By Marin Scotten

Robyn Pacquing spent a lot of time in and around Lake Ontario when she was a child — much of it with her father. Still, it was a revelation when, in 2006, she discovered there was a surfing community on those same shores.

The chilly waters of the smallest of the Great Lakes don’t usually come to mind when one thinks of surfing. More likely contenders are lush oceanside getaways like Hawaii, Australia and California. 

“Having surfed before in Hawaii and on the west coast of Canada, I was stoked when I found out there were waves on a lake that I was so familiar with,” Robyn recalled recently.

Still, it wasn’t easy to break into her local surf scene in Toronto. 

“There was this online forum where people would share information,” she recalls of those early days. “I tried to just learn as much as I could.” 

As online communication grew, though, things changed. 

“When social media blew up, so did the surf scene. People started opening up businesses, and from there the community really blossomed” Robyn explains.

Since then, she hasn’t stopped hitting the beach. As a female surfer, she is considered a pioneer on the Canadian scene and, in 2014, Robyn started an organization called Lake Surfistas, which aims to bring women of the surfing community together. 

“I was stoked to see so many women joining the community,” Robyn says with a smile.  

There are only a few surf shops in town. One of them, Surf the Greats, is located in an old, brown brick warehouse on Carlaw Avenue.  If you walked by at a brisk pace, you might miss it, despite a bright pink sign on the sidewalk out front. Stopping for a longer look, however, reveals a hand-painted mural of a penguin, racoon and rat, all on surfboards, beside the shop’s door. The smell of coffee lingers in the air upon entering, and more than a dozen colourful surfboards are lined up like oversized pencil crayons against one wall.

Operating since 2016, the store has become a hub for adventurers, with lessons, workshops and events with other surf organizations across Ontario and around the world. Its proprietor is Antonio Lennert, a prominent surfer in the community.

Antonio, who grew up surfing in Brazil before coming to Canada in 2008, admits that running a surf shop in a place like Toronto comes with challenges. 

“This isn’t California. Surfing on a lake is different than surfing on an ocean,” he explains. “Lake waves are entirely dependent on wind, so learning to read the winds and predict when a good wave is coming is crucial.”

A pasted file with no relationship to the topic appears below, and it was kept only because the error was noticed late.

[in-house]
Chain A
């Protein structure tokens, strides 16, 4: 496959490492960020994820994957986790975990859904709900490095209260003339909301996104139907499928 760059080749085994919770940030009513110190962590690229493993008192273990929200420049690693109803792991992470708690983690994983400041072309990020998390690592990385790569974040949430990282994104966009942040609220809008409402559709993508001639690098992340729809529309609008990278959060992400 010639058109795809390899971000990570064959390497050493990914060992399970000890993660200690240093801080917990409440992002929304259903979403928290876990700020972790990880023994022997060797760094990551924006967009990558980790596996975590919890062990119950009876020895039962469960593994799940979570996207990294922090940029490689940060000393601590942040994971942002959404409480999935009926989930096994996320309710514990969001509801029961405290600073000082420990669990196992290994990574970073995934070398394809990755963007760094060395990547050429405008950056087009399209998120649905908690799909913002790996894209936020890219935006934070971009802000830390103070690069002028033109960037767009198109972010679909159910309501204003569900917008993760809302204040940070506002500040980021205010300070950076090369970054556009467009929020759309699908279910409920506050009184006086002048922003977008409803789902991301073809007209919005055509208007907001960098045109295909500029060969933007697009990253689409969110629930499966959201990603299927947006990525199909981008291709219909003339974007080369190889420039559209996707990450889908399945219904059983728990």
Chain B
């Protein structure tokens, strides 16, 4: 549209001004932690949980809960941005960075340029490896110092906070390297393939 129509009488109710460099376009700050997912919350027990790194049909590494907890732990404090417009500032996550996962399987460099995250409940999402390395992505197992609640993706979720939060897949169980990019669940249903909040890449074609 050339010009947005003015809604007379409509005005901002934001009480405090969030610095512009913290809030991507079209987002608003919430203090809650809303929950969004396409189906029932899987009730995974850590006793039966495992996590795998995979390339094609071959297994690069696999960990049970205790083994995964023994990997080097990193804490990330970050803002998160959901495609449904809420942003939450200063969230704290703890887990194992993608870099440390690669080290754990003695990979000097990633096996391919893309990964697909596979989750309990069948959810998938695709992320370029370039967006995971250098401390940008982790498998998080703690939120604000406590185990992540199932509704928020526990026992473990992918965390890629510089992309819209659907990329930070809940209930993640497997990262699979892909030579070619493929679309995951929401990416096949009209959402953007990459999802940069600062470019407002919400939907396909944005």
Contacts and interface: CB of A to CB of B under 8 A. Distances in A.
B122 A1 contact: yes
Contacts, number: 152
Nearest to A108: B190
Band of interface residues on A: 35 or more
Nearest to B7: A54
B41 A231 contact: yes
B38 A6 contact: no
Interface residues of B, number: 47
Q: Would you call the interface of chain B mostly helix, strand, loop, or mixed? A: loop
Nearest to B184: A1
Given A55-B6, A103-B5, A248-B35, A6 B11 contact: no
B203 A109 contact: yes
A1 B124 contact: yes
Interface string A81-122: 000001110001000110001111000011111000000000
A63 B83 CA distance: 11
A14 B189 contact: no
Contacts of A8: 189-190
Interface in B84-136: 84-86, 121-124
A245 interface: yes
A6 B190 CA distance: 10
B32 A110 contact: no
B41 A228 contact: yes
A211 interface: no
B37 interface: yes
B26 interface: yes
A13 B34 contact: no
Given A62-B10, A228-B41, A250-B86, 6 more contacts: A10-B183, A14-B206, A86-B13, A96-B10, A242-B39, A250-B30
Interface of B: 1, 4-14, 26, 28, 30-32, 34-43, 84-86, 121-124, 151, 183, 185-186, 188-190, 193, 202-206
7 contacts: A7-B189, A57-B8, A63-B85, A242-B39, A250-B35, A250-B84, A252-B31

Perhaps surprisingly, surfing on the lakes is a year-round sport, but there are other crucial differences from surfing in the ocean. 

“Freshwater is much less buoyant than ocean water because there’s no salt,” explains Antonio. “This makes it a lot harder to stand up if you’re a beginner.”

To complicate matters, the waves on Lake Ontario are inconsistent, so Surf the Greats can’t offer a stable lesson schedule. Instead, they have an email list for customers and send out an email a few days before the forecast indicates that wind conditions will create waves for beginner surf.

The shop tries to make a virtue of the unpredictable elements, offering forecasting workshops taught by Antonio.

“I love teaching the workshops,” he says. “It’s all about growing the community and teaching other people to surf the lakes.”

The forecasting workshop is how Randy Enns, now assistant manager at the shop, learned to read the waves on Lake Ontario. On a recent Tuesday morning, Randy was behind the wooden coffee counter at the shop, making lattes and talking to customers. He has long wavy hair, always wears a toque, and, when asked about surfing, he smiles from ear to ear. 

“I fell in love with surfing on the west coast. When I found out I could surf back in my home province of Ontario, I was stoked. I started reaching out to people who I could surf with, and eventually I took the forecasting workshop at Surf the Greats.” Randy said, flashing a smile that seemed to be as consistent an accessory as his toque. “Everyone was so welcoming, and the people I’ve met through Surf the Greats have all had a huge impact on me.” 

One of the shop’s most popular events is called Ladies of the Lake, an all-woman surf retreat at Pleasant Beach on Lake Erie that takes place every September in collaboration with Robyn’s organization Lake Surfistas.

“Ladies of the Lake just fills all our hearts with community and love,” Robyn says.

She recalls one such event, in 2016, as her most memorable day surfing. But it was bittersweet.

“We had worked so hard to produce this event, and then literally five days before this event happened, my dad suffered a massive stroke and my world came crashing down,” she recalls.

Robyn was unsure if she would even go to the event. 

“I was devastated. But then I thought no, my dad was the one who inspired me to get out there and not going isn’t what he would’ve wanted,” she says, reflecting on both her earliest days spent at the lake and the event a little over three years ago.

”I ended up going to the event and surfing that day. I felt a lightness that I never thought I would feel again,” she remembers. “I was so uplifted by my community and all these people around me. That’s what surfing is about, the people you do it with.”

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